Michael Carberry is in a unique yet significant minority of England's Ashes tourists who feel a debt of gratitude to Shane Warne.
Carberry has surely put himself in the frame for the first Test in Brisbane, following his solitary previous cap in Chittagong three and a half years ago, by chalking up his maiden England hundred in an unbroken stand of 318 alongside Alastair Cook in Hobart.
The journeyman left-hander's share was almost equal to his captain - 153 not out plays 154 - in England's highest opening stand since a Test alliance between Cyril Washbrook and Len Hutton 65 years ago.
Carberry, whose hard-working career path took him first from his native Surrey to Kent and finally to Hampshire, believes the positive influence of Warne as his captain on the south coast gave him the freedom and confidence to establish himself and eventually push for higher honours.
Warne has hardly made himself popular with Carberry's current England team-mates in recent days, having reissued his critique of Cook's "negative" and "boring" captaincy and questioned the wisdom of persisting with Joe Root as a Test opener in Australia.
It is hardly likely to have been at Warne's specific suggestion that Carberry partnered Cook at the top of the order on day one of England's second tour match against Australia A at Bellerive Oval.
But there was an irony nonetheless when, while Root noisily powered away on a gym rowing machine yards away from Carberry's post-match press conference, the 33-year-old spoke glowingly of the help he has received from Australia's record-breaking leg-spinner.
"I think Shane Warne is basically the reason why I actually got a chance to play Test cricket," he said.
"I was a young guy, a little bit lost in county cricket. I came to Hampshire - and from day one, he made me feel very much at home and gave me the backing every young player needs.
"He allowed me to play a brand of cricket I wanted to play.
"I think he was very influential in terms of me doing what I've done, then getting the chance to play for England a few years on."
It is a mentoring role which has endured too.
"Whenever I've caught up with Shane, he's always had very kind things to say about my game.
"He's someone I still keep in contact with, even though he might be overseas. He's always been a great friend to me."
Carberry may have benefited from Warne's wisdom, but he has had to dig deep within himself too to overcome more hurdles than most.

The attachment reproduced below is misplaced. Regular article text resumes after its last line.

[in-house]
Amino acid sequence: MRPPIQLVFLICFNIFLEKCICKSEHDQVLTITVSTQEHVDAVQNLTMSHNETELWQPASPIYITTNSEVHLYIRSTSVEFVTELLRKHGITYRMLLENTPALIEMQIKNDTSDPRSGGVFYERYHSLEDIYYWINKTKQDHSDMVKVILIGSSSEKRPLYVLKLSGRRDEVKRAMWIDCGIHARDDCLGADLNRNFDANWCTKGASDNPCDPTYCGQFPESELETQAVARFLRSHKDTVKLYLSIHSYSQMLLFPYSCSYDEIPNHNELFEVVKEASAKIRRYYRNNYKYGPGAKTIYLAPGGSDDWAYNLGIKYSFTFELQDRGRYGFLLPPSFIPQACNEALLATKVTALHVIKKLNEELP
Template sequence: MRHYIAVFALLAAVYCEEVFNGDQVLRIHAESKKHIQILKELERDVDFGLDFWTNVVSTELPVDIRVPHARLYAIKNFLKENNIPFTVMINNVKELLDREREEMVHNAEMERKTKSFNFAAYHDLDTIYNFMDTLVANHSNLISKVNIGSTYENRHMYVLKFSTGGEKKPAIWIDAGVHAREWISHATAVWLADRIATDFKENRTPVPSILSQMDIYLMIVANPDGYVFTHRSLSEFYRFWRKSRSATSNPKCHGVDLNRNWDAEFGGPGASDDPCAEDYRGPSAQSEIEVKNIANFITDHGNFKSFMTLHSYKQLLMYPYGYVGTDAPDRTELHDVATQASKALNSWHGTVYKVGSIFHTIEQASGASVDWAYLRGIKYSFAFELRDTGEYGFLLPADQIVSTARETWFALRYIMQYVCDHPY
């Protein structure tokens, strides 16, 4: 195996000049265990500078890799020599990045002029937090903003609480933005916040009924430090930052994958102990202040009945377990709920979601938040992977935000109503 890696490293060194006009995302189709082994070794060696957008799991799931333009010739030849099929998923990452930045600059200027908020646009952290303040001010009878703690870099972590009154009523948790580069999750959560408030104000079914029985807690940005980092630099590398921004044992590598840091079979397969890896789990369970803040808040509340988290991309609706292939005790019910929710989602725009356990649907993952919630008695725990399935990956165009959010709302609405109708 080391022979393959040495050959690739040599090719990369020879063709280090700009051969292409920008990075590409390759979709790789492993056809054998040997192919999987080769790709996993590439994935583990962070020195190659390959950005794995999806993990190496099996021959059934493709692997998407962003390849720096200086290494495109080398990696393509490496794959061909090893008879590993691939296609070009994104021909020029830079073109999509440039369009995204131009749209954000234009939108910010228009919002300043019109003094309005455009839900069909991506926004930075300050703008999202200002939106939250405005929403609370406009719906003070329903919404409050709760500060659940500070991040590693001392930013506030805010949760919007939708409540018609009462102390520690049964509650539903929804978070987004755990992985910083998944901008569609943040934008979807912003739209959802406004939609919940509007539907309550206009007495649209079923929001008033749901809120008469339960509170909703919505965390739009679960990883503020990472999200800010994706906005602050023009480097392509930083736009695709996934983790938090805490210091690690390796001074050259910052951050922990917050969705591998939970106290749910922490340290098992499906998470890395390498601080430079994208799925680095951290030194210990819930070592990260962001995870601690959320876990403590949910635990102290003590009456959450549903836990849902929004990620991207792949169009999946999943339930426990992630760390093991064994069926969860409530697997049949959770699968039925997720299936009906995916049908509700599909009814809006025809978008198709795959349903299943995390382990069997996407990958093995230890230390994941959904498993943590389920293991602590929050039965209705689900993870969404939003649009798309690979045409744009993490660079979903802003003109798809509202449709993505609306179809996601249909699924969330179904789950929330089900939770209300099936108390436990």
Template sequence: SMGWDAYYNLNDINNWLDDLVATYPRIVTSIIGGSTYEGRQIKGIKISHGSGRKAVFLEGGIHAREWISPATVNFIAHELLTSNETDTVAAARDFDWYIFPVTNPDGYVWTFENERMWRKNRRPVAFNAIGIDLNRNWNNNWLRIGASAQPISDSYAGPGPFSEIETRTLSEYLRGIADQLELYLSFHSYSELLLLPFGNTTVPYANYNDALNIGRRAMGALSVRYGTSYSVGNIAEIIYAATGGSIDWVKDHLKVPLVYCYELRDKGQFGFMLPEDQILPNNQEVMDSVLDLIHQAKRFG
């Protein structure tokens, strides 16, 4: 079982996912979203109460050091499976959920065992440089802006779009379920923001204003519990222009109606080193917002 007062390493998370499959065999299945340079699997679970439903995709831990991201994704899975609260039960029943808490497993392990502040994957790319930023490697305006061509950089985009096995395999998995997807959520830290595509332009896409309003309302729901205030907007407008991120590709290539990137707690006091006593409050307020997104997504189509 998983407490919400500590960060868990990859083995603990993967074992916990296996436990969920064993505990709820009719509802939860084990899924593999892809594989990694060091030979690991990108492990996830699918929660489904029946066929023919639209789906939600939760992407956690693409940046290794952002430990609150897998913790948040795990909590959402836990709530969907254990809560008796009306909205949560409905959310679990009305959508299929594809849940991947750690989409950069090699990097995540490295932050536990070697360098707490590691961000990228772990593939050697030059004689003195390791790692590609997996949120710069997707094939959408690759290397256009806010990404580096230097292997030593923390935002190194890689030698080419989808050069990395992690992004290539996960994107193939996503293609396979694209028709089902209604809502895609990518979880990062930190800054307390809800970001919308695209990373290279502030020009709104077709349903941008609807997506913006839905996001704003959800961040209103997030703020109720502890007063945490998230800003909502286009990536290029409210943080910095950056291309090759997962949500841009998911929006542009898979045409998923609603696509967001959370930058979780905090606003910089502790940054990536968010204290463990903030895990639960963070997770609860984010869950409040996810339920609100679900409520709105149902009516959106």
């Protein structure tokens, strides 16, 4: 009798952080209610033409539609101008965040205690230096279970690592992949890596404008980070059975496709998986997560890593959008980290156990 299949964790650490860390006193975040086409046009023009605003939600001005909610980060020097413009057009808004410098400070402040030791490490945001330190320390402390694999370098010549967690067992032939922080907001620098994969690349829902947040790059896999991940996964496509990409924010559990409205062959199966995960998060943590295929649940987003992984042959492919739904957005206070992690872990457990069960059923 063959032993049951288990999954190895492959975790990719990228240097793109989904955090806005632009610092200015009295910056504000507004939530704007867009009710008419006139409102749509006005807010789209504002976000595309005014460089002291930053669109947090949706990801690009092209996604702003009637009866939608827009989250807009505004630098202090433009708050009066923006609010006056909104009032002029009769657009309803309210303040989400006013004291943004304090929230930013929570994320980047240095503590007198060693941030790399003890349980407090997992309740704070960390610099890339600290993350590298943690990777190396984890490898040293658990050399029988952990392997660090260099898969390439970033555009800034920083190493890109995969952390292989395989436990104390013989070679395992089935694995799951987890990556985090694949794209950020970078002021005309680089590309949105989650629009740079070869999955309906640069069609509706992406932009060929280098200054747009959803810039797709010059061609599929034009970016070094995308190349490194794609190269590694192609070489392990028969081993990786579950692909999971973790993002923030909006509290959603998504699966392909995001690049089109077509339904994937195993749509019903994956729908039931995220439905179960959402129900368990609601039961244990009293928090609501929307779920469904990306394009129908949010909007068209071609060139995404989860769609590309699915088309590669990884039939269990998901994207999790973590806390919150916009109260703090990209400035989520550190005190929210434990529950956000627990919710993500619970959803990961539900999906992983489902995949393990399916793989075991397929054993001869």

It was in the winter after that Test debut that a blood clot was discovered on his lung, preventing him from touring with the England Performance Programme and interrupting his career the next summer too.
Following his 78 in Perth last week, Carberry recalled his decision to undertake an apprenticeship as an electrician - in case his cricket career was not fulfilled.
Asked after his chanceless century here whether it is a dream come true, after his hardships, to be perhaps on the verge of a heartening Test comeback, he said: "Yes, it is.
"It's obviously been well-documented that I have had some tough times personally off the field.
"By the grace of God, I'm here to enjoy what I'm doing now.
"I think, when things like that happen, it gives you perspective on your cricket.
"It made me probably relax more, and try to enjoy the game for what it is - rather than, as young players do, put pressure on yourself to get where you want to get to."
It maybe taught him too to take nothing for granted.
"I'm trying not to look too far ahead," he said of a possible Test return in Brisbane.
"I'll worry about the Gabba when I get there.
"I look to try to be flexible, and do whatever job is required of me and I feel I can do for the team.
"If it's to be opening, great; if it's to bat down the order, even better."
To that end, Carberry intends to keep things simple - as he demonstrated while batting all day.
"Thankfully, I've done it a few times in first-class cricket - so I'm not averse to doing it.
"But obviously, to do it for England is a very special moment.
"I thought the Australia A guys bowled very well up front.
"The new-ball pair were as good as anyone I've faced, and you can only make runs agains the people you're playing against."
Home wicketkeeper Tim Paine gave Carberry due credit, but provided hope too for his compatriots that they might be able to exploit a potential weakness if he does partner Cook in the Ashes.
"We thought we were 'half a sniff' around that gully region, if we bowled the right length to him, but we just couldn't get one to go to hand.
"He's obviously a class player. I'm sure if he does play in the Ashes, he'll be hard to get out.
"But I think there is an area there, if you stack up your gully region, at some point you'll get a chance."
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